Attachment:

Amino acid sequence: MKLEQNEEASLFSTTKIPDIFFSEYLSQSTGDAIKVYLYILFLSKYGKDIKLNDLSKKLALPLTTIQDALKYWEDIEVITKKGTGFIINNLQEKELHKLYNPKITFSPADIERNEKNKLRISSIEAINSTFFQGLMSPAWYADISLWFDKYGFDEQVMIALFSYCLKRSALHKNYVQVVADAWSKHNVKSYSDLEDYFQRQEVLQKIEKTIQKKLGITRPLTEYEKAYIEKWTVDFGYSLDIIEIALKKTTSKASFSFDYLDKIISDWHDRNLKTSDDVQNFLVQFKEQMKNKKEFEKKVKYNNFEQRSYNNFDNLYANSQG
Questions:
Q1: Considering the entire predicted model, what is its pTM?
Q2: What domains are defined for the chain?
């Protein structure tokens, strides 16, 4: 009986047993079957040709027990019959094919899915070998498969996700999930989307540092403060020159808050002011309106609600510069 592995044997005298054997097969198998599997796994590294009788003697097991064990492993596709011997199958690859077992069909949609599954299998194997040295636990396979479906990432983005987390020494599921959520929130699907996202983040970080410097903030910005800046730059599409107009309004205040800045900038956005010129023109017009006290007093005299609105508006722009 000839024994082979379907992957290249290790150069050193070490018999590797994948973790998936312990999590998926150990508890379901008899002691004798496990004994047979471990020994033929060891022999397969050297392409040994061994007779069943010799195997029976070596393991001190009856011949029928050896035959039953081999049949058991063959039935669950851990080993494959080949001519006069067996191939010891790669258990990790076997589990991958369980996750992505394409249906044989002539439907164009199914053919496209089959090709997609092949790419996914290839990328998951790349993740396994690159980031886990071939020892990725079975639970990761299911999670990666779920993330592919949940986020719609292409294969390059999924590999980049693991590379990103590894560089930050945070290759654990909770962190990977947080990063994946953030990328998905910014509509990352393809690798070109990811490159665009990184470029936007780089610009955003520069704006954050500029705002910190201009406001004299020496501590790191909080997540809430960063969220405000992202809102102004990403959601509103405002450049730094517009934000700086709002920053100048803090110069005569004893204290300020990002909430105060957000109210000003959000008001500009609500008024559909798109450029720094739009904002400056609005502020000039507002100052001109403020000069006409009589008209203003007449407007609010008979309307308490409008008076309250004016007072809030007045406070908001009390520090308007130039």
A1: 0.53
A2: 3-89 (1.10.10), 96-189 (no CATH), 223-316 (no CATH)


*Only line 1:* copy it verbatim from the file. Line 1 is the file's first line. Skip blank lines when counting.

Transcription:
Amino acid sequence: MKLEQNEEASLFSTTKIPDIFFSEYLSQSTGDAIKVYLYILFLSKYGKDIKLNDLSKKLALPLTTIQDALKYWEDIEVITKKGTGFIINNLQEKELHKLYNPKITFSPADIERNEKNKLRISSIEAINSTFFQGLMSPAWYADISLWFDKYGFDEQVMIALFSYCLKRSALHKNYVQVVADAWSKHNVKSYSDLEDYFQRQEVLQKIEKTIQKKLGITRPLTEYEKAYIEKWTVDFGYSLDIIEIALKKTTSKASFSFDYLDKIISDWHDRNLKTSDDVQNFLVQFKEQMKNKKEFEKKVKYNNFEQRSYNNFDNLYANSQG